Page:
, 676:279 | Cite as

Zooplankton as indicators in lakes: a scientific-based plea for including zooplankton in the ecological quality assessment of lakes according to the European Water Framework Directive (WFD)

  • Erik JeppesenEmail author
  • Peeter Nõges
  • Thomas A. Davidson
  • Juta Haberman
  • Tiina Nõges
  • Kätlin Blank
  • Torben L. Lauridsen
  • Martin Søndergaard
  • Carl Sayer
  • Reet Laugaste
  • Liselotte S. Johansson
  • Rikke Bjerring
  • Susanne L. Amsinck


With the implementation of the EU Water Framework Directive (WFD), the member states have to classify the ecological status of surface waters following standardised procedures. It was a matter of some surprise to lake ecologists that zooplankton were not included as a biological quality element (BQE) despite their being considered to be an important and integrated component of the pelagic food web. To the best of our knowledge, the decision of omitting zooplankton is not wise, and it has resulted in the withdrawal of zooplankton from many so-far-solid monitoring programmes. Using examples from particularly Danish, Estonian, and the UK lakes, we show that zooplankton (sampled from the water and the sediment) have a strong indicator value, which cannot be covered by sampling fish and phytoplankton without a very comprehensive and costly effort. When selecting the right metrics, zooplankton are cost-efficient indicators of the trophic state and ecological quality of lakes. Moreover, they are important indicators of the success/failure of measures taken to bring the lakes to at least good ecological status. Therefore, we strongly recommend the EU to include zooplankton as a central BQE in the WFD assessments, and undertake similar regional calibration exercises to obtain relevant and robust metrics also for zooplankton as is being done at present in the cases of fish, phytoplankton, macrophytes and benthic invertebrates.


Zooplankton Eutrophication Indicator Water Framework Directive (WFD) Lakes Ecological state Water quality 



The authors thank A.M. Poulsen for editing the manuscript. This project was supported by the EU FP-7 Theme 6 projects WISER (Water bodies in Europe: Integrative Systems to assess Ecological status and Recovery, Contract No.: 226273) and REFRESH (Adaptive strategies to Mitigate the Impacts of Climate Change on European Freshwater Ecosystems, Contract No.: 244121), ‘CLEAR’ (a Villum Kann Rasmussen Centre of Excellence Project), The Research Council for Nature and Universe (272-08-0406), and by the Estonian target funding projects SF0170006s08 and SF0170011s08. TD's contribution was supported by the Marie Curie Intra European Fellowship no. 255180 (PRECISE). The authors are also grateful to Catherine Duigan from the Countryside Commission for Wales (CCW) for commissioning the work on Kenfig Pool. This is a Galathea 3 expedition article.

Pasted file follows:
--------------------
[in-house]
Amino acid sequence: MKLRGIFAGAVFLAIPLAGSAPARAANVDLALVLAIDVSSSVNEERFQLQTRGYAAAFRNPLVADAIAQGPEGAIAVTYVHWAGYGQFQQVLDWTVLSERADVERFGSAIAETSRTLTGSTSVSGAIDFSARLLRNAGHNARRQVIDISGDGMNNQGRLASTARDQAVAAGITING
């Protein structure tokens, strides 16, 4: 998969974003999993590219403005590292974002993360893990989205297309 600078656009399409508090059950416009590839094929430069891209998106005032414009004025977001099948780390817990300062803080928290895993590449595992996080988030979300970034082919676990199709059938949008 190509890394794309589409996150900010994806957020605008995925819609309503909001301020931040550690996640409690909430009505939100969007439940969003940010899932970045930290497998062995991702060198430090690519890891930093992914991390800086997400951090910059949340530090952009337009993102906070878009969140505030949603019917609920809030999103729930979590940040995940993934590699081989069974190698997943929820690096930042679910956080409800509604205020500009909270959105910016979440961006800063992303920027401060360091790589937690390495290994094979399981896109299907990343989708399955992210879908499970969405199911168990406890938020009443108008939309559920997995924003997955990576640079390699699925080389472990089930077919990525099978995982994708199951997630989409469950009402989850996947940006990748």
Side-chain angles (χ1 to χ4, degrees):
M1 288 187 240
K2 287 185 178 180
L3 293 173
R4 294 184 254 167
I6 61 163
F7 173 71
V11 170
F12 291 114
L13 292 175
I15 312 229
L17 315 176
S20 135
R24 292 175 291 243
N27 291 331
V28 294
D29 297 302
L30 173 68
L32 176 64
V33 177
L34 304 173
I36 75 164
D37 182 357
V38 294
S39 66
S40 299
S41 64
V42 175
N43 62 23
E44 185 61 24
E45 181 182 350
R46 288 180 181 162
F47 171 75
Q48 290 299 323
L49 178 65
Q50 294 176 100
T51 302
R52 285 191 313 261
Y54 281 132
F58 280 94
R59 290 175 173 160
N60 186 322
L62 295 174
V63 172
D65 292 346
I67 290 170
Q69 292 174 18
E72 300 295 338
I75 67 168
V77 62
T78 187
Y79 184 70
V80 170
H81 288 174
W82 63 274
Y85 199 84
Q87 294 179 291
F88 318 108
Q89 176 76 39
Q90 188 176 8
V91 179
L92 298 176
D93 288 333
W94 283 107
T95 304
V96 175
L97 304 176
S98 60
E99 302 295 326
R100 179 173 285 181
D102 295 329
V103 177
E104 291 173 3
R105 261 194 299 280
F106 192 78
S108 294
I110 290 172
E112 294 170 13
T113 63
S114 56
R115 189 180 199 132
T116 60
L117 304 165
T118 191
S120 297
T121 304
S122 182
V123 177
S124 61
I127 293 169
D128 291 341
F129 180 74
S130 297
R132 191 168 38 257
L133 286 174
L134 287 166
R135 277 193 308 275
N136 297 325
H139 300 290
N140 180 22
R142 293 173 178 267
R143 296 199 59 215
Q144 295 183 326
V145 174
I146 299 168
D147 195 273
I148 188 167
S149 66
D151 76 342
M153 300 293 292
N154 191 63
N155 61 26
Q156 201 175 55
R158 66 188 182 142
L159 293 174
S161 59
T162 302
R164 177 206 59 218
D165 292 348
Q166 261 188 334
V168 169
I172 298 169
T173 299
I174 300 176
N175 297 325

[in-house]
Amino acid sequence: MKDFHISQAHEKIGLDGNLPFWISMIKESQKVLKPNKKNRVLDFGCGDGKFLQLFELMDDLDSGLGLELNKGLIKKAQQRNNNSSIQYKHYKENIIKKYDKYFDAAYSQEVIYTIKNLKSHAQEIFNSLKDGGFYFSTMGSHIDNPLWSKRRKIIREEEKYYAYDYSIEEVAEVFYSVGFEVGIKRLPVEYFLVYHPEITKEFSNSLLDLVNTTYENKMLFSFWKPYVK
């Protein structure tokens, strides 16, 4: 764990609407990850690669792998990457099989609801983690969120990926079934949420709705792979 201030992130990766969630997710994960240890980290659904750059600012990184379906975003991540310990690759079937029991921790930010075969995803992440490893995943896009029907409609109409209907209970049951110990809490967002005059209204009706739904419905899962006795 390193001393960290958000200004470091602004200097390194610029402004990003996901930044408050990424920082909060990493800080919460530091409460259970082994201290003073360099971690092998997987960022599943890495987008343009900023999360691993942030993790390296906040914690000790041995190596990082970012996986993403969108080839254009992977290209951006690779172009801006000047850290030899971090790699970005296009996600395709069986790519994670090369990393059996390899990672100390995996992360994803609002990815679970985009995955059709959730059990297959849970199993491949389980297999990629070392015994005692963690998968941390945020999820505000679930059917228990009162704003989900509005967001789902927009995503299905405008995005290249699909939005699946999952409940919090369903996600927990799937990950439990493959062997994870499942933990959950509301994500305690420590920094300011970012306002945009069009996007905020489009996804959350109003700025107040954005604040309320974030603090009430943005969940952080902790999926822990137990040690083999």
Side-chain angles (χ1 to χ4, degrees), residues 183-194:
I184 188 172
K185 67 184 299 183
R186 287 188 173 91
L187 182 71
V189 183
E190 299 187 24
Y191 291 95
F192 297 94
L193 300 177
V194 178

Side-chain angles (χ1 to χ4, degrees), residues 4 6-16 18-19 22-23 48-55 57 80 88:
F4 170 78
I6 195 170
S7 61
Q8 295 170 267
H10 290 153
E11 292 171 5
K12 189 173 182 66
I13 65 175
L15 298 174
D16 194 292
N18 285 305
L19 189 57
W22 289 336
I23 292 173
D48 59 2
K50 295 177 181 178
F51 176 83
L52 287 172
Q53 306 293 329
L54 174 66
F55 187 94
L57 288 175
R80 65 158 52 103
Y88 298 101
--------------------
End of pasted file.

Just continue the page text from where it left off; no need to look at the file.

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Copyright information

© Springer Science+Business Media B.V. 2011

Authors and Affiliations

  • Erik Jeppesen
    • 1
    • 2
    • 3
    Email author
  • Peeter Nõges
    • 4
  • Thomas A. Davidson
    • 1
    • 5
  • Juta Haberman
    • 4
  • Tiina Nõges
    • 4
  • Kätlin Blank
    • 4
  • Torben L. Lauridsen
    • 1
    • 3
  • Martin Søndergaard
    • 1
    • 3
  • Carl Sayer
    • 5
  • Reet Laugaste
    • 4
  • Liselotte S. Johansson
    • 1
  • Rikke Bjerring
    • 1
  • Susanne L. Amsinck
    • 1
  1. 1.Department of BioscienceAarhus UniversitySilkeborgDenmark
  2. 2.Greenland Climate Research Centre (GCRC)Greenland Institute of Natural ResourcesNuukGreenland
  3. 3.Sino-Danish Centre for Education and Research (SDC)BeijingChina
  4. 4.Centre for Limnology, Institute of Agricultural and Environmental SciencesEstonian University of Life SciencesRannu, TartumaaEstonia
  5. 5.Department of Geography, Environmental Change Research CentreUniversity College LondonLondonUK

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